Plans to turn Oakleigh care home in Sutton into homeless accomodation met with anger
Two emergency meetings last week gave residents their say on proposals to turn a former care home into a homeless shelter.
Sutton Council had attempted to "sneak" through plans to turn Oakleigh Care Home into accommodation for homeless families at a meeting last month.
However, when residents of the Benhill Estate got wind of the plans the day before the Strategy and Resources Committee meeting on October 15, they rallied round and made it clear they were not happy about the lack of consultation.
The leader of Sutton Council, Councillor Ruth Dombey, wrote to residents of the central Sutton estate hours before proposals were to be discussed and apologised for not speaking to them first.
The plans were pulled off the agenda for the meeting, and last week was residents' first opportunity to make their opinions heard.
Paul Nathan, former secretary of the Benhill Residents Association, said the council have been caught out by the strength of feeling.
He said: "The council tried to sneak this through without asking us about it, and after these meetings it's quite clear it's only the council who support these plans, nobody else."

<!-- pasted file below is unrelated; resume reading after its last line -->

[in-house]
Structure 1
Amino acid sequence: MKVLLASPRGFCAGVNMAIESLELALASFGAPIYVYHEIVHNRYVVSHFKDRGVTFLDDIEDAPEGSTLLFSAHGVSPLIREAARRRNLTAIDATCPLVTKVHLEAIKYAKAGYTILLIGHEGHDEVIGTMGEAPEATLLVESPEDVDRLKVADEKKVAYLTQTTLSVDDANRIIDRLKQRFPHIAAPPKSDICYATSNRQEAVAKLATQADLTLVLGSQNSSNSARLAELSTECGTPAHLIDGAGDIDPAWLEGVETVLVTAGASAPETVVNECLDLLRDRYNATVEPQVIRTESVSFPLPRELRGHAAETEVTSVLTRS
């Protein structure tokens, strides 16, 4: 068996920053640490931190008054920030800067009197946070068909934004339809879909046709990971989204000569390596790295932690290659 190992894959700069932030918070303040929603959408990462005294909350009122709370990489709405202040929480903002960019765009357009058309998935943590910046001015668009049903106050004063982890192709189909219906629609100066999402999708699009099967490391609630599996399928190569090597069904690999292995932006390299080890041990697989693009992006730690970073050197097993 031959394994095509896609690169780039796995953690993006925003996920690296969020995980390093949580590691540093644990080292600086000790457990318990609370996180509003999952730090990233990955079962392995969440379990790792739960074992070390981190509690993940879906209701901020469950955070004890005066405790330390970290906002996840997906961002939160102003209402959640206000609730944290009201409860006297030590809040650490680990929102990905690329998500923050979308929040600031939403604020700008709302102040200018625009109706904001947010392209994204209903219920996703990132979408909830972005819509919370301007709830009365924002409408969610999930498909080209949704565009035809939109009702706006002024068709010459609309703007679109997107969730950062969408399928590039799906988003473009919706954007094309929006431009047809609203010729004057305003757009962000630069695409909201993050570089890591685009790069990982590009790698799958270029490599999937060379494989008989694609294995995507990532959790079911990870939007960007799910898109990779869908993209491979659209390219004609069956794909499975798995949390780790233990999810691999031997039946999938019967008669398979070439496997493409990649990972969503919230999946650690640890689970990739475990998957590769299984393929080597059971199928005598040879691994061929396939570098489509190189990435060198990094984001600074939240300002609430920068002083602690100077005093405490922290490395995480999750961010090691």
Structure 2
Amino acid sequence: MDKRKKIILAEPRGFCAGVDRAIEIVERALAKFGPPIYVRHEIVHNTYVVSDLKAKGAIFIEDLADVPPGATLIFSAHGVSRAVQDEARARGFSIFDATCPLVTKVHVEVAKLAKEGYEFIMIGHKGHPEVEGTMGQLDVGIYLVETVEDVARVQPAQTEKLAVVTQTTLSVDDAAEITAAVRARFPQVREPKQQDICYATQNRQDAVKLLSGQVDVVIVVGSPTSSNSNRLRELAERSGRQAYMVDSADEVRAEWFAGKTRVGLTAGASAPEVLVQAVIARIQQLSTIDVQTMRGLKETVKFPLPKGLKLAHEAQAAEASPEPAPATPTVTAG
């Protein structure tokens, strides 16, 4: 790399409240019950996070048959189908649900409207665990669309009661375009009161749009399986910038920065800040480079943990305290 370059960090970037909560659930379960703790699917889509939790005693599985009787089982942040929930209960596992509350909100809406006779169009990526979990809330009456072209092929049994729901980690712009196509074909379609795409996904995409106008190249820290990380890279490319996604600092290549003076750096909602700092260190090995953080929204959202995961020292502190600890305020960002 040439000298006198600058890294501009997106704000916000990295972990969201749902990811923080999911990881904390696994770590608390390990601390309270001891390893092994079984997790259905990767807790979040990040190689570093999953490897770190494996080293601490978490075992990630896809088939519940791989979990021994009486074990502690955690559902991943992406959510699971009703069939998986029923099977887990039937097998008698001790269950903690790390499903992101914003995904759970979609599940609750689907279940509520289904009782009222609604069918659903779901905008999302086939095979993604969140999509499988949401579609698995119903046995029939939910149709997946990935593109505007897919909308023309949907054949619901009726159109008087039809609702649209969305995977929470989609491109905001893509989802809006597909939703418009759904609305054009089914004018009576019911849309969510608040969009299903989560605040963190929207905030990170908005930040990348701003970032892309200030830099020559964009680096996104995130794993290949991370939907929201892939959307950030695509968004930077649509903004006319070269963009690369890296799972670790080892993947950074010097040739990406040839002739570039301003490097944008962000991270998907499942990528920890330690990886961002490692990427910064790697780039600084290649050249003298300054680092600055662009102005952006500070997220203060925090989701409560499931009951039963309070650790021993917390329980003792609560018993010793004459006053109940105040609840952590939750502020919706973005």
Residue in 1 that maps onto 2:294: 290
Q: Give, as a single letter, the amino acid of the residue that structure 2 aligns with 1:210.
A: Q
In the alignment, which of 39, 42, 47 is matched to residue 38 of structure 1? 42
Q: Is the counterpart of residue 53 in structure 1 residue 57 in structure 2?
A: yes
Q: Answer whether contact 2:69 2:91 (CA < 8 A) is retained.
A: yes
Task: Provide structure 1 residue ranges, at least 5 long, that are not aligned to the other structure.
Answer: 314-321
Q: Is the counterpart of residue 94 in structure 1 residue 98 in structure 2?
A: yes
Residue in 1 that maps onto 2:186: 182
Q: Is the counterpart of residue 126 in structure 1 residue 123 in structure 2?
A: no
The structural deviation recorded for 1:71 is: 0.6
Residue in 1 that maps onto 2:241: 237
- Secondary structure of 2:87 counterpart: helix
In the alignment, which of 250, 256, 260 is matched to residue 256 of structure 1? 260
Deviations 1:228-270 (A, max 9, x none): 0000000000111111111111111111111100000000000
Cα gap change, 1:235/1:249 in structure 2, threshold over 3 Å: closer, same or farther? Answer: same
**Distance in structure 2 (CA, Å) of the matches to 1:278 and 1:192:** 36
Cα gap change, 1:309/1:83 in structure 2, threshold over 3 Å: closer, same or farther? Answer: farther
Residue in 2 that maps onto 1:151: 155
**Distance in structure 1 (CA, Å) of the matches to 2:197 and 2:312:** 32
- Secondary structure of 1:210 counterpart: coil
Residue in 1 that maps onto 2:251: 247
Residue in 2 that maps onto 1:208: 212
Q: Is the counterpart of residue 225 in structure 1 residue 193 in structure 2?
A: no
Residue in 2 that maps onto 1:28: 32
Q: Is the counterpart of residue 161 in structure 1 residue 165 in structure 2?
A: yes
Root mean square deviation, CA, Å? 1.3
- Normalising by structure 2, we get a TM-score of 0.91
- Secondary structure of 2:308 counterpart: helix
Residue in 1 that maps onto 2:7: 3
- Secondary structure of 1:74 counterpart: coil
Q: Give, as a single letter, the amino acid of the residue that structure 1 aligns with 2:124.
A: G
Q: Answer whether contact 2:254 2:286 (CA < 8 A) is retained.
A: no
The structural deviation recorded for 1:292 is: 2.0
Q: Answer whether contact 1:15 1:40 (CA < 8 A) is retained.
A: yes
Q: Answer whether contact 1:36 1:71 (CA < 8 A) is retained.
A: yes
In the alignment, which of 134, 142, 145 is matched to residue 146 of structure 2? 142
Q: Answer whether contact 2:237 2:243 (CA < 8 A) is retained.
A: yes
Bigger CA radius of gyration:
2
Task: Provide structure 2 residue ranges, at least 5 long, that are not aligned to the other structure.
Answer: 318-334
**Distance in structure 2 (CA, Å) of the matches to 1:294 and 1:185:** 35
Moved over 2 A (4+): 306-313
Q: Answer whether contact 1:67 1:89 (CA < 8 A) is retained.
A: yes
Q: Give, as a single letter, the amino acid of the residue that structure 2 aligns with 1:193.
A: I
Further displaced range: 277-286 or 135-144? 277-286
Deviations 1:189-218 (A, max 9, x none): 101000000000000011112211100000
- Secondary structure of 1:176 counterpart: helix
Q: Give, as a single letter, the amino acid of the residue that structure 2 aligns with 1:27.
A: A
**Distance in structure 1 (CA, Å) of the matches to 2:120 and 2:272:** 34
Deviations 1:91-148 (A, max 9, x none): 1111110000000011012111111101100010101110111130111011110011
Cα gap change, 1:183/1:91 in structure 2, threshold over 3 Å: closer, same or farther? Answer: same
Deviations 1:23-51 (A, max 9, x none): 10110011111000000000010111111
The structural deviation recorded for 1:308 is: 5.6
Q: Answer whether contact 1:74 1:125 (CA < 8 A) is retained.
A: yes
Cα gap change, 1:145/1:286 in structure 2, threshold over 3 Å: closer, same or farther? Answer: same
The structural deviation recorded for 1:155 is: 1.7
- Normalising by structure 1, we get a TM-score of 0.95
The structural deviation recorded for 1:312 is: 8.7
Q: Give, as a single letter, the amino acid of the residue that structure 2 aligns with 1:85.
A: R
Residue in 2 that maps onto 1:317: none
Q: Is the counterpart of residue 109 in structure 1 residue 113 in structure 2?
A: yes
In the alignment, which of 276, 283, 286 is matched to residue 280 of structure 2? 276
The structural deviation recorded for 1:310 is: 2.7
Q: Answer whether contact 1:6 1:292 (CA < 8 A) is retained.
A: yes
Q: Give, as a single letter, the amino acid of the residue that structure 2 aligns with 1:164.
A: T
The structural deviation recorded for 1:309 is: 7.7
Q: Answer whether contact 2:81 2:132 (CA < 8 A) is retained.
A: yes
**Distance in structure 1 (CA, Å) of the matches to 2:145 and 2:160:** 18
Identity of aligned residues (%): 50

Mr Nathan said the start of the first meeting at Manor Park School had to be delayed as there were so many people trying to get into the building.
The teaching assistant said: "There were 35 elderly residents who lived in Oakleigh when it was a care home, and now the council wants to put 139 people in there with various problems.
We have worked hard over the recent years to improve the reputation of the is area, this will cause massive disruption. We don't blame the people the council are putting in there, we just don't think the area can cope with the influx of people with various needs."
Councillor Jayne McCoy, Chairwoman of the housing, economy and business committee said: "Council officers met with residents over the last two weeks to explain the proposals directly to them and hear and understand their concerns. At this stage nothing has been agreed, nor set in stone. We want to involve all members of the community as we shape the proposals, reflecting their views in the final report that goes to committee in December.
"It’s important to remember that at the heart of the proposal is the wellbeing of a number of vulnerable families – including those with young children. In their time of extreme need we want to provide temporary accommodation and a level of stability with school placements, health and social support links that they would otherwise not have. Other boroughs are being criticised for placing families out of their area, whilst here we are working very hard to stop the need to do that.”